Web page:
More than 40% of the world's current population live in poverty-stricken areas where malaria, alone or together with acquired immunodeficiency syndrome (AIDS), tuberculosis, and cholera, is a serious public health problem.1,2 According to the World Health Organization (WHO), ∼216 million clinical cases of malaria occurred in 2010 resulting in an estimated 655,000 deaths.3 Among the available public health malaria interventions, chemotherapy remains the predominant tool.4 To combat multidrug resistance in the malaria parasite Plasmodium falciparum, WHO has recommended the use of artemisinin (ART)-based combination therapies (ACTs).5 Currently, a number of ACTs such as artemether (ATM)-lumefantrine, artesunate (ATS)-amodiaquine, ATS-mefloquine, and dihydroartemisinin (DHA)-piperaquine are being used in many malaria-endemic areas.68 The ART, first isolated from a Chinese herb Artemisia annua, belongs to sesquiterpene lactone endoperoxides.7,9,10 The use of ART has been superseded by its derivatives such as the water soluble ATS, DHA, and the lipophilic esters ATM and arteether.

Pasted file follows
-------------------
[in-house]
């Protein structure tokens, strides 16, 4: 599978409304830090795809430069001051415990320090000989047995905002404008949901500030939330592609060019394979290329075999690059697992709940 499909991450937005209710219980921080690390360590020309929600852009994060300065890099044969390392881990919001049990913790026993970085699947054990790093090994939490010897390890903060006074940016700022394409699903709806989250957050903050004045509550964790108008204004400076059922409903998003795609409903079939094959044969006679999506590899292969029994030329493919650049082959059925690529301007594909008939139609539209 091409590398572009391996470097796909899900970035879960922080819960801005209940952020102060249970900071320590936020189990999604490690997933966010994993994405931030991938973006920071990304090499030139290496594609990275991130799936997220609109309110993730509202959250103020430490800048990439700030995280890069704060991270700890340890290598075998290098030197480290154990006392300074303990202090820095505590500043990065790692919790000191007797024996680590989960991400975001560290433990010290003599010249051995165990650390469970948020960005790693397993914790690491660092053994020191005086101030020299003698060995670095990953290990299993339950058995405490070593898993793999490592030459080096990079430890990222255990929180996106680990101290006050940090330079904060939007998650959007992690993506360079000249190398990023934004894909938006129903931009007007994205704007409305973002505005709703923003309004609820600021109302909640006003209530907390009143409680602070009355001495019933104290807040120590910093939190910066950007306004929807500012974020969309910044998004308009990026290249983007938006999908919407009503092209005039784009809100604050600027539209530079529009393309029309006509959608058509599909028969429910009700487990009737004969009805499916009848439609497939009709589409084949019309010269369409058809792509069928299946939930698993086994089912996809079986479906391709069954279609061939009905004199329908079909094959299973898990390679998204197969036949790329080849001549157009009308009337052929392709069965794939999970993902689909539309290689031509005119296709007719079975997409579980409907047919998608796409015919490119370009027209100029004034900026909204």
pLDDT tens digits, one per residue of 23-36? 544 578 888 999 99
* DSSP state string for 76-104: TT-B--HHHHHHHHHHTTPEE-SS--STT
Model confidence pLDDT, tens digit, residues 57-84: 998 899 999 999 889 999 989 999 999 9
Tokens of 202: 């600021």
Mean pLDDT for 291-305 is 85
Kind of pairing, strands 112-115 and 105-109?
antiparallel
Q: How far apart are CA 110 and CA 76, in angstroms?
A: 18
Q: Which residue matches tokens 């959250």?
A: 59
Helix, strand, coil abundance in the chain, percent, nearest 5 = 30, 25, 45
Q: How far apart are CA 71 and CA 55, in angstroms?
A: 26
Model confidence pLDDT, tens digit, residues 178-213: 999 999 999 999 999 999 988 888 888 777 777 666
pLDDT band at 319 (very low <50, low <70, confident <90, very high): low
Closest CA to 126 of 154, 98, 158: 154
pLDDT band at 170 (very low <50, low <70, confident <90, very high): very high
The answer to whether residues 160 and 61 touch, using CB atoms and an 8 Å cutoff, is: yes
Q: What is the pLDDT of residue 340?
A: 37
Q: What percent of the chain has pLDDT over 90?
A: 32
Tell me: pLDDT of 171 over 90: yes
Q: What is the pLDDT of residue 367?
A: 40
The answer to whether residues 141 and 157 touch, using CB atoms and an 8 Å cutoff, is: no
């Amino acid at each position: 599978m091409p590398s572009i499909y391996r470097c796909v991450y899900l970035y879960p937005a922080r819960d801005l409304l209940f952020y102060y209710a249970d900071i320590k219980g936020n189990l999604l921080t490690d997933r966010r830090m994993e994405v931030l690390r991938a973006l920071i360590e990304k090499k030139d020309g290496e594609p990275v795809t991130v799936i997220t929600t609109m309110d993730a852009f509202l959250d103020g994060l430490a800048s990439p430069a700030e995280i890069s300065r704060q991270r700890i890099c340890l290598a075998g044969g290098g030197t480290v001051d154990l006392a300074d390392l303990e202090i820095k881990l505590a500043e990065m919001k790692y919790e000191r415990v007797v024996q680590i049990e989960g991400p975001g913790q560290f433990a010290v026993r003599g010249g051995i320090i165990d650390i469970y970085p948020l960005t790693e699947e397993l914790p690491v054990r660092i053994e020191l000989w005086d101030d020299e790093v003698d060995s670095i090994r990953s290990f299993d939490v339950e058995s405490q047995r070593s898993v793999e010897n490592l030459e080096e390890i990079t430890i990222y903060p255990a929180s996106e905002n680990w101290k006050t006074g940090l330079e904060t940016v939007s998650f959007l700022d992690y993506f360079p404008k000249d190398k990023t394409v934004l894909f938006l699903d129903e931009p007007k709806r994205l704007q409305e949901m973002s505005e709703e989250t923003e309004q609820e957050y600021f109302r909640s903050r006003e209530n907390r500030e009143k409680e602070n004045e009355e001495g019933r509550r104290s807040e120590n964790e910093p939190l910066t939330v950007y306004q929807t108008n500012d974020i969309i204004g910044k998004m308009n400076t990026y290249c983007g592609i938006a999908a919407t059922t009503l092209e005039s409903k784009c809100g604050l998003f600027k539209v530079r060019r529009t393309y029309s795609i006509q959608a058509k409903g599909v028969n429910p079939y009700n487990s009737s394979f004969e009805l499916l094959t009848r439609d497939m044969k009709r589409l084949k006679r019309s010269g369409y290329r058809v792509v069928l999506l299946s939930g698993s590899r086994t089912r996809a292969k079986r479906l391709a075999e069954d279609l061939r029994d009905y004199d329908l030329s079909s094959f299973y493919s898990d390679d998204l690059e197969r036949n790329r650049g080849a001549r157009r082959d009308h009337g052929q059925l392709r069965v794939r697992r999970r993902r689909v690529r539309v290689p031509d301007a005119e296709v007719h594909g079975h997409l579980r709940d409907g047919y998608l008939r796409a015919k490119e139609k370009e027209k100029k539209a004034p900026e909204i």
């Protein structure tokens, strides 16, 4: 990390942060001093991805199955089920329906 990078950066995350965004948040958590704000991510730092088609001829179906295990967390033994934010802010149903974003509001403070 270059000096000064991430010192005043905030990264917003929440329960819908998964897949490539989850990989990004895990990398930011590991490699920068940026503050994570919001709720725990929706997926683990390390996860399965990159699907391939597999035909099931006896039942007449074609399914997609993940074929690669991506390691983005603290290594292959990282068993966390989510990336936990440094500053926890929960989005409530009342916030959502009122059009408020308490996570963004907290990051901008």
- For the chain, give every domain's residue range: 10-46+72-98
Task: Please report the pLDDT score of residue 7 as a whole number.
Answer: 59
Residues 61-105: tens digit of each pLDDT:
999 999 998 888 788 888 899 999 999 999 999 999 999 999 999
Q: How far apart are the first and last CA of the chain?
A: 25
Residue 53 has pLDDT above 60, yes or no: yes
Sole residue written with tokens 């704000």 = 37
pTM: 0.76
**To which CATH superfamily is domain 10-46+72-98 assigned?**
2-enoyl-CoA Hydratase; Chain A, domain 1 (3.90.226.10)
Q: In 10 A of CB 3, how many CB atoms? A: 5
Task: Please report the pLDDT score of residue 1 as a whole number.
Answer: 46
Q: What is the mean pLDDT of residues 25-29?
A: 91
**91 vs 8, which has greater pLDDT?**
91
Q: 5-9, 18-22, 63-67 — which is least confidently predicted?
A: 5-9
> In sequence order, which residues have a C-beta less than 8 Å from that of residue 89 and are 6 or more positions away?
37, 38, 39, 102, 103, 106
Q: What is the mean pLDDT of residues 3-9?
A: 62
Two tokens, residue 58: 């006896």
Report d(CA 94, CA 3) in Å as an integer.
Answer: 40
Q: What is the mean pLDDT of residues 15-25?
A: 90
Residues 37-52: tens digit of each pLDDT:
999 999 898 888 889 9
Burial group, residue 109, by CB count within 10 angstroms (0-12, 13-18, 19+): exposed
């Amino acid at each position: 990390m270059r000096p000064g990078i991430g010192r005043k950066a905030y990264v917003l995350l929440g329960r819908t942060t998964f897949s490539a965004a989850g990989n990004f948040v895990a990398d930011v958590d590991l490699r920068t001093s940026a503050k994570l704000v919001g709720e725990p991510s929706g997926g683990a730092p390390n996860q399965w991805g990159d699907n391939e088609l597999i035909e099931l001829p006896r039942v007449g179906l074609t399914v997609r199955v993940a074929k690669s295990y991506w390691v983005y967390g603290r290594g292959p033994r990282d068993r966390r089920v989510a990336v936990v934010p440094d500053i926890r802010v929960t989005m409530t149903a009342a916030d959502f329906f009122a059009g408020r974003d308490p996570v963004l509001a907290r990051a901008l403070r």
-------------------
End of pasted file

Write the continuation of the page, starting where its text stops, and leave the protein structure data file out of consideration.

Poor quality medicines, including substandard and counterfeit drugs, cause a major loss on public health in resource-poor countries. The WHO has estimated that about 25% of the medicines consumed in developing countries are counterfeit.11 The illicit trade in counterfeit and substandard ARTs is a severe problem for malaria control, because it not only reduces the treatment efficacy and promotes development of resistance, but also may result in life-threatening complications.9 Antimalarial drugs have been reported as a target of counterfeiting in resource-poor areas. The magnitude of this problem is particularly huge in Southeast Asia.12 Newton and others reported that 38% of 104 shop-bought ATS samples from Cambodia, Laos, Myanmar, Thailand, and Vietnam did not contain ATS, whereas in some regions as much as 64% of the drugs contain little ATS.13 Since 1998, an epidemic of multiple types of counterfeit ATS tablets has affected malaria patients in Southeast Asia. As many as 14 physical types of the fake ATS have been found in this region.9,14,15 In addition, some genuine drugs are often substandard,16 compromising their expected therapeutic effect. Another problem associated with substandard antimalarials is expiration and degradation, which require close monitoring. Bate and others17 reported that significant proportions of the antimalarial drugs, including ART derivatives, failed the content and dissolution tests in six most severely malarious regions of Africa. This suggests that counterfeit and substandard antimalarial drugs are a global problem, which may imperil the great stride made towards malaria control in recent years after switching to ACTs. A sensitive, low cost, easy to use diagnostic tool for ART quality control is hence urgently needed.